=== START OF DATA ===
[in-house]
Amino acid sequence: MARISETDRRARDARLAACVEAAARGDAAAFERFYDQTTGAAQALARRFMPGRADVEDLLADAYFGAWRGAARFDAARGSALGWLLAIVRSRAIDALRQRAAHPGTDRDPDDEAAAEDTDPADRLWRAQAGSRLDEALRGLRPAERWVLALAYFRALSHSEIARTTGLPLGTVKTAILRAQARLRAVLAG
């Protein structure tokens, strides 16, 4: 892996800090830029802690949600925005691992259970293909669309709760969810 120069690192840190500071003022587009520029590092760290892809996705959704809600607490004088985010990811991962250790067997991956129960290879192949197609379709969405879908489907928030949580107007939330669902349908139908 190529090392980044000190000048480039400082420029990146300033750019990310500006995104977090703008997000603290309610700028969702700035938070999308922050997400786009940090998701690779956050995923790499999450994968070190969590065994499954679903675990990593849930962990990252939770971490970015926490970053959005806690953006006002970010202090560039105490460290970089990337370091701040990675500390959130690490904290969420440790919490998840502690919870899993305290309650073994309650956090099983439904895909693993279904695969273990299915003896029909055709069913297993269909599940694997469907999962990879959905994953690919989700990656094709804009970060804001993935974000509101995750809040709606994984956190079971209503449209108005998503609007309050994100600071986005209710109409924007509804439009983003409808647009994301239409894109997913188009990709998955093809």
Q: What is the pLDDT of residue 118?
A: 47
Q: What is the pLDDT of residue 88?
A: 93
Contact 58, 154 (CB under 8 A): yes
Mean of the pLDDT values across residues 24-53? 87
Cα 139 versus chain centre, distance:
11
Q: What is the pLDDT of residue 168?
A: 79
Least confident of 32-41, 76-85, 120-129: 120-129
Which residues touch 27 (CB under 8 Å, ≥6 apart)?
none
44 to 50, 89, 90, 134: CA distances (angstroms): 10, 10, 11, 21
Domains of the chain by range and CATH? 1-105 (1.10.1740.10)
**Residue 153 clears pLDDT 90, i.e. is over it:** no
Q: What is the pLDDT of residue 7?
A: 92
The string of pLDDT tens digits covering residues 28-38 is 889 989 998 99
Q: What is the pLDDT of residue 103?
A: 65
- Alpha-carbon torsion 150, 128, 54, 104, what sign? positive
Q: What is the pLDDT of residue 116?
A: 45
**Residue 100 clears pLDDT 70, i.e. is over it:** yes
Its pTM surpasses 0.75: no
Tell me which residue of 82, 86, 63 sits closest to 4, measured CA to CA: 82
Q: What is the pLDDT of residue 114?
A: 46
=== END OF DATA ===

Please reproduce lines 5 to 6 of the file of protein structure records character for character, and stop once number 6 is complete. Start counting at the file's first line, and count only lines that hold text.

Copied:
A: 47
Q: What is the pLDDT of residue 88?